A History of the Ann Arbor Society for Musical Arts, In Commemoration of its 50th Anniversary
Compiled by Nancy Murphy and Deborah Rebeck Ash
Even before coming together to form the Ann Arbor Society for Musical Arts in 1965, Sigma Alpha Iota (ΣΑΙ — an International Music Sorority) and Mu Phi Epsilon (ΜΦΕ — now an International Professional Music Fraternity) collaborated together presenting programs featuring their respective alumnae members. Such a program was announced in an Ann Arbor News article on Saturday, February 27, 1954:
A program of vocal, piano, flute and harp music will be given when members of the alumnae chapters of Sigma Alpha Iota and Mu Phi Epsilon music sororities have a joint program at 8 p.m. Monday in the Rackham Building. The musicale is similar to a series held yearly by the two groups before World War II.
Another Ann Arbor News article from Wednesday, April 15, 1964, announced that the two groups would be offering a joint musicale at the Ann Arbor Women’s City Club:
A varied musical program will be offered at the Saturday evening musicale planned by the Women’s City Club to raise funds for a new grand piano for the club’s auditorium.
The program, which is being sponsored by Mu Phi Epsilon and Sigma Alpha Iota, national music sororities, will begin at 8:30 p.m. Purchase of the new piano, and Saturday’s concert, will mark the beginning of many such evenings at the club.
Frances Danforth, a member of Mu Phi Epsilon, wrote about the early beginnings of the Society for the December 1964 issue of the Mu Phi Epsilon Triangle Magazine:
The “Piano Project” in Ann Arbor is one of the outstanding club projects of the year. With the Women’s City Club in need of a new piano, Mu Phi Epsilon and Sigma Alpha Iota decided to satisfy that need.
An initial contribution from Ann Arbor’s two members, Bess Poole Seeley ΜΦΕ, and her daughter, Jean Seeley Deere ΜΦΕ, of $500 enabled the committee to buy the piano of their choice, a new Steinway “B”.
Almost as soon as it was installed on the platform of the big drawing room at the Women’s City Club, the two member sororities, Mu Phi Epsilon and Sigma Alpha Iota, put on an exciting musicale as the first money-making venture for paying off the balance due on the piano.
The subscription concert was preceded by a cocktail hour and banquet in the dining room of the club on Saturday, April 18, 1964. It was a truly gala affair with everyone present in their very best finery. The program was of the best talent that each sorority — from both the collegiate and alumni chapters — could present.
The Ann Arbor Society for Musical Arts (SMA) is directed toward raising scholarship funds for outstanding young musicians who plan a career in performance and other fields of music. Six morning musicales, three in the fall and three in the spring, were organized to bring in revenue for scholarships and to give the phenomenal talents in Ann Arbor a chance to perform and win an audience.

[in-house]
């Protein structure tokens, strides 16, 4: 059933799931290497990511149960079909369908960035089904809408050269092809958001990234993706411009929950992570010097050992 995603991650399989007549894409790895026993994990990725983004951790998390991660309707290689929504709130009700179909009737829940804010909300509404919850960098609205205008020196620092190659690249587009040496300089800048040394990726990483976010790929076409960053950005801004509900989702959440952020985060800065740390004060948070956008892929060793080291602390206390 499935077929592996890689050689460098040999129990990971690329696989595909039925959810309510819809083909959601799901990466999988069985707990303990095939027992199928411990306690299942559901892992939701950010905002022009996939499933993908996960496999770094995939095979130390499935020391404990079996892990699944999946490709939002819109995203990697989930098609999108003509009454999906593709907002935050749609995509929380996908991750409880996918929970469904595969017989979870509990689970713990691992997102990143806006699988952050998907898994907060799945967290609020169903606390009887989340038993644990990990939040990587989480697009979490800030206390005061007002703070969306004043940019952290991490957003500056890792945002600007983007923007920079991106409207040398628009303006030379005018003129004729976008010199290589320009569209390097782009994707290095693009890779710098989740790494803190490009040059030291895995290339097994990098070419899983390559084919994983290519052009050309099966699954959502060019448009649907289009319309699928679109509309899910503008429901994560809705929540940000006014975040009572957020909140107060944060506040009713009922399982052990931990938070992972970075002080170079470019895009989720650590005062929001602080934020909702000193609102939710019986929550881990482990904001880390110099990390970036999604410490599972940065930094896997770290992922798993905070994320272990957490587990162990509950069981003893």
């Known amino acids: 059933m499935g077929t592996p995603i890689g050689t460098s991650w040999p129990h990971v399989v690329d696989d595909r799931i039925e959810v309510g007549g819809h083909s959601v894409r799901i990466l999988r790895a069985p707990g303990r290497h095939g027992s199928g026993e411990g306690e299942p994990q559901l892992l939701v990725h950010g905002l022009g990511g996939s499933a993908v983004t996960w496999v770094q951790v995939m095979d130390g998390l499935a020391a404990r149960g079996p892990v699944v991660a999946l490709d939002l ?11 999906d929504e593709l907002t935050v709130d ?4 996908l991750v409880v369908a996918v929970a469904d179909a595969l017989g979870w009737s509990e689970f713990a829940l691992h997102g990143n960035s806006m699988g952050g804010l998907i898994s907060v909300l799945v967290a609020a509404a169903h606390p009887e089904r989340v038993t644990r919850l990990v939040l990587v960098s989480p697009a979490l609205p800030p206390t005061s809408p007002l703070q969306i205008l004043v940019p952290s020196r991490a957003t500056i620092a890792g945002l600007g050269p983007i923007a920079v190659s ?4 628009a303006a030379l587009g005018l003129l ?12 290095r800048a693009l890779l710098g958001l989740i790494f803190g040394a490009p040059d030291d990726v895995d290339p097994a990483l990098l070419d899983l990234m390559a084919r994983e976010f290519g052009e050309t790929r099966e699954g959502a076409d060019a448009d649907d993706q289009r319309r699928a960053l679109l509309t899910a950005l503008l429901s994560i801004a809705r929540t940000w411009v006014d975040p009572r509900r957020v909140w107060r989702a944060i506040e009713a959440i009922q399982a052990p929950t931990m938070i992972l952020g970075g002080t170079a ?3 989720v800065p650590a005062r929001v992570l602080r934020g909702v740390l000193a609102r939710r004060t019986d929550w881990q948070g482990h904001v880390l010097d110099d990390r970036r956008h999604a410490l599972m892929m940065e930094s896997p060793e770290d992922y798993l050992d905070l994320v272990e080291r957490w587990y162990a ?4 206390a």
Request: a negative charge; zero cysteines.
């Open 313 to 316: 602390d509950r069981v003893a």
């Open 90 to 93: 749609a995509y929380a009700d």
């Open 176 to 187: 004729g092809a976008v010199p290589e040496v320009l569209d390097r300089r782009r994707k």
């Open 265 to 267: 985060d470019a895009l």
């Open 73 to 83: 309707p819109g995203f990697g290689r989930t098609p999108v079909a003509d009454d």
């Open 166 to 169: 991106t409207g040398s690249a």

Because many members of the two groups belonged to the Ann Arbor Women’s City Club, that organization’s spacious auditorium was available.
Before members of the Society organized the project of raising scholarship funds, we purchased a Steinway Grand Piano (size B) which we presented to the Ann Arbor Women’s City Club, where the concerts were to be held. The impetus for this purchase was provided by Marjorie Leach, ΜΦΕ past Province Governor.
She wrote Mr. Grinnell of Grinnell’s Music Store explaining all our needs. His manager in Detroit phoned after calling all their stores in the state to say the only size B available was, as fate would hand it, right here in Ann Arbor and by mistake at that.
Carol Leybourn ( Kenney) Janssen ΜΦΕ recalls: “A private client had ordered a piano, but by mistake was sent two pianos. Somehow they made a connection with Eugene Bossart and Gyorgy Sandor at the University of Michigan School of Music, who knew that we were looking for one. Grinnell’s manager, together with Professors Bossart and Sandor, helped us to acquire it.” Gyorgy Sandor was asked if he would try out the piano and give his assessment of it. He obliged immediately saying it was even and well-balanced.
Both groups contributed to its cost and committed after one of our “Angels” gave us a check to “start the ball rolling.” In under a year, we paid for it in full as our other “Angel” contributed $500 to “put us over the top.”
The City Club manifested great interest in the project to the point of donating an old piano for the down payment to insure the delivery of the new Steinway. In addition Grinnell’s gave us a very generous allowance for it, and presented the artist’s seat to us as a gift.
We have had cordial relations with the Club ever since, and the pleasant liaison has greatly benefited the Club in developing its appealing cultural side. In addition, the Club has a charming, home-like atmosphere which lends itself well to our Musicales.
The culmination of the year for the first five years or so was in April when a Gala-Benefit evening was a must at the Club. The evening, semi-formal, began with a champagne reception followed by dinner and an outstanding concert.